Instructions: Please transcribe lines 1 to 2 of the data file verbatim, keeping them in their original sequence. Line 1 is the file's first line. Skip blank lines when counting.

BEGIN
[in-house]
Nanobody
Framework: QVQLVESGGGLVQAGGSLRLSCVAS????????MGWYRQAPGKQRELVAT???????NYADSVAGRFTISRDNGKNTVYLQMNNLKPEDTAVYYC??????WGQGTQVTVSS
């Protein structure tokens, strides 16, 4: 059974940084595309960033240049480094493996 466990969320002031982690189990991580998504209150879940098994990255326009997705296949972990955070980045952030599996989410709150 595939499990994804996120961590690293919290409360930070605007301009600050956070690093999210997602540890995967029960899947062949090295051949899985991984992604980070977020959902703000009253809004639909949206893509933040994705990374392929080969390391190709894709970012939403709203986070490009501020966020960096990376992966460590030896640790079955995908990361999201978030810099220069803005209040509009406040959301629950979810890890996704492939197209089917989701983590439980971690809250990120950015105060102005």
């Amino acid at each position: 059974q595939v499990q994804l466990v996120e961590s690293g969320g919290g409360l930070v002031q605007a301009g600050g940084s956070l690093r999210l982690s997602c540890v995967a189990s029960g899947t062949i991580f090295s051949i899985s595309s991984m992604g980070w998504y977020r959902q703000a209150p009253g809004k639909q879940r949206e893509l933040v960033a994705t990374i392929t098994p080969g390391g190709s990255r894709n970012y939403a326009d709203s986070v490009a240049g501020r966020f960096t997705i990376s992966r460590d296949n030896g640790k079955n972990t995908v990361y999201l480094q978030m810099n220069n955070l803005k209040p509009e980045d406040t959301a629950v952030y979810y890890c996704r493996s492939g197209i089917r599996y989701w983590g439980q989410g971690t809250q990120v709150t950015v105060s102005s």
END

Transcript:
[in-house]
Nanobody